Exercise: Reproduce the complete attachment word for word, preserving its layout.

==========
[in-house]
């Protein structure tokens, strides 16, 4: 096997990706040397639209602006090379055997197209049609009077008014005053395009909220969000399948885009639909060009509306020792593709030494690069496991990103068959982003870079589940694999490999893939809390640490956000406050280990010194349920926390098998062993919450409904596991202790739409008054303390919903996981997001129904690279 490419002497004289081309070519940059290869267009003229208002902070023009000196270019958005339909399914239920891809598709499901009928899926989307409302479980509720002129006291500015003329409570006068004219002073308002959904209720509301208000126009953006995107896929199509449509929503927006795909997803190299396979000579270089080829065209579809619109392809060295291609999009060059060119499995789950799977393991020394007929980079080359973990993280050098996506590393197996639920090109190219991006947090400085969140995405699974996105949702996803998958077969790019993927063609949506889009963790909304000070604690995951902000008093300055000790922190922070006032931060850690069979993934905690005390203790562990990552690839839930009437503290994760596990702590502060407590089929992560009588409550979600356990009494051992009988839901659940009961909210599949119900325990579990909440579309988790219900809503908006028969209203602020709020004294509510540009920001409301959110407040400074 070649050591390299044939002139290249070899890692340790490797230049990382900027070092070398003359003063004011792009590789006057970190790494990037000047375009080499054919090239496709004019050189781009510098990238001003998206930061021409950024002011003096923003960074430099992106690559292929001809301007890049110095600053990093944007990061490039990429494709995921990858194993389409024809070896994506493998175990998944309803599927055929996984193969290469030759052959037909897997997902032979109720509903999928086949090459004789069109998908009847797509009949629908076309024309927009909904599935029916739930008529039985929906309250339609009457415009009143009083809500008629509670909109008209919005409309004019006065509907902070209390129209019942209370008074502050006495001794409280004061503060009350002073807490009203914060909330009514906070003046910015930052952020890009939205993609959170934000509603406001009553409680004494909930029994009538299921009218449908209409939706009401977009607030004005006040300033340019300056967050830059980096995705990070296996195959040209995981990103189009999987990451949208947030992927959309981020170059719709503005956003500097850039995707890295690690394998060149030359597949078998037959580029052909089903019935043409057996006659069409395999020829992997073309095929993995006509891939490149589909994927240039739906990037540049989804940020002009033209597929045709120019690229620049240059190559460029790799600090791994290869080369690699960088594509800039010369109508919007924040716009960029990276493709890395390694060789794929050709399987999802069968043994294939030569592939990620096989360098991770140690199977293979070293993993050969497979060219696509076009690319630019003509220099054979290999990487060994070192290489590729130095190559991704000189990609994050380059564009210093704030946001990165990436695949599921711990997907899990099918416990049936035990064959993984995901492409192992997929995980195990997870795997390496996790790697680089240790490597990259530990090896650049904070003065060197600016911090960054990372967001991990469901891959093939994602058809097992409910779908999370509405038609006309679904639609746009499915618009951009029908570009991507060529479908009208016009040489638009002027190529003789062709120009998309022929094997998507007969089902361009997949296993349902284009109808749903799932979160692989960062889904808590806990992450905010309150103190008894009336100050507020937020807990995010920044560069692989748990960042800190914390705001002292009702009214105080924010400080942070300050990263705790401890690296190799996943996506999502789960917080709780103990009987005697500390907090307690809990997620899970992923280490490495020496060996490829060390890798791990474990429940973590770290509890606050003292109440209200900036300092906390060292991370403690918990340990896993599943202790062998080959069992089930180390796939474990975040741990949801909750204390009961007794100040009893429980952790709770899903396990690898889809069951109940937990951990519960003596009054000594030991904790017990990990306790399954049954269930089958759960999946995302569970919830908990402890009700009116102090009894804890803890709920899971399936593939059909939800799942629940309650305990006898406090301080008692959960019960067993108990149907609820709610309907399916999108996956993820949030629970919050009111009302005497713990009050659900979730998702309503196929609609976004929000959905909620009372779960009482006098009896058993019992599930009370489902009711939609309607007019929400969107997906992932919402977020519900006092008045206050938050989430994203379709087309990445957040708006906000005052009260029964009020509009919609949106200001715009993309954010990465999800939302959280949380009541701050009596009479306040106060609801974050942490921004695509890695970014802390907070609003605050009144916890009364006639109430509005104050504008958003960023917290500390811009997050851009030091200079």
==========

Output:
[in-house]
């Protein structure tokens, strides 16, 4: 096997990706040397639209602006090379055997197209049609009077008014005053395009909220969000399948885009639909060009509306020792593709030494690069496991990103068959982003870079589940694999490999893939809390640490956000406050280990010194349920926390098998062993919450409904596991202790739409008054303390919903996981997001129904690279 490419002497004289081309070519940059290869267009003229208002902070023009000196270019958005339909399914239920891809598709499901009928899926989307409302479980509720002129006291500015003329409570006068004219002073308002959904209720509301208000126009953006995107896929199509449509929503927006795909997803190299396979000579270089080829065209579809619109392809060295291609999009060059060119499995789950799977393991020394007929980079080359973990993280050098996506590393197996639920090109190219991006947090400085969140995405699974996105949702996803998958077969790019993927063609949506889009963790909304000070604690995951902000008093300055000790922190922070006032931060850690069979993934905690005390203790562990990552690839839930009437503290994760596990702590502060407590089929992560009588409550979600356990009494051992009988839901659940009961909210599949119900325990579990909440579309988790219900809503908006028969209203602020709020004294509510540009920001409301959110407040400074 070649050591390299044939002139290249070899890692340790490797230049990382900027070092070398003359003063004011792009590789006057970190790494990037000047375009080499054919090239496709004019050189781009510098990238001003998206930061021409950024002011003096923003960074430099992106690559292929001809301007890049110095600053990093944007990061490039990429494709995921990858194993389409024809070896994506493998175990998944309803599927055929996984193969290469030759052959037909897997997902032979109720509903999928086949090459004789069109998908009847797509009949629908076309024309927009909904599935029916739930008529039985929906309250339609009457415009009143009083809500008629509670909109008209919005409309004019006065509907902070209390129209019942209370008074502050006495001794409280004061503060009350002073807490009203914060909330009514906070003046910015930052952020890009939205993609959170934000509603406001009553409680004494909930029994009538299921009218449908209409939706009401977009607030004005006040300033340019300056967050830059980096995705990070296996195959040209995981990103189009999987990451949208947030992927959309981020170059719709503005956003500097850039995707890295690690394998060149030359597949078998037959580029052909089903019935043409057996006659069409395999020829992997073309095929993995006509891939490149589909994927240039739906990037540049989804940020002009033209597929045709120019690229620049240059190559460029790799600090791994290869080369690699960088594509800039010369109508919007924040716009960029990276493709890395390694060789794929050709399987999802069968043994294939030569592939990620096989360098991770140690199977293979070293993993050969497979060219696509076009690319630019003509220099054979290999990487060994070192290489590729130095190559991704000189990609994050380059564009210093704030946001990165990436695949599921711990997907899990099918416990049936035990064959993984995901492409192992997929995980195990997870795997390496996790790697680089240790490597990259530990090896650049904070003065060197600016911090960054990372967001991990469901891959093939994602058809097992409910779908999370509405038609006309679904639609746009499915618009951009029908570009991507060529479908009208016009040489638009002027190529003789062709120009998309022929094997998507007969089902361009997949296993349902284009109808749903799932979160692989960062889904808590806990992450905010309150103190008894009336100050507020937020807990995010920044560069692989748990960042800190914390705001002292009702009214105080924010400080942070300050990263705790401890690296190799996943996506999502789960917080709780103990009987005697500390907090307690809990997620899970992923280490490495020496060996490829060390890798791990474990429940973590770290509890606050003292109440209200900036300092906390060292991370403690918990340990896993599943202790062998080959069992089930180390796939474990975040741990949801909750204390009961007794100040009893429980952790709770899903396990690898889809069951109940937990951990519960003596009054000594030991904790017990990990306790399954049954269930089958759960999946995302569970919830908990402890009700009116102090009894804890803890709920899971399936593939059909939800799942629940309650305990006898406090301080008692959960019960067993108990149907609820709610309907399916999108996956993820949030629970919050009111009302005497713990009050659900979730998702309503196929609609976004929000959905909620009372779960009482006098009896058993019992599930009370489902009711939609309607007019929400969107997906992932919402977020519900006092008045206050938050989430994203379709087309990445957040708006906000005052009260029964009020509009919609949106200001715009993309954010990465999800939302959280949380009541701050009596009479306040106060609801974050942490921004695509890695970014802390907070609003605050009144916890009364006639109430509005104050504008958003960023917290500390811009997050851009030091200079």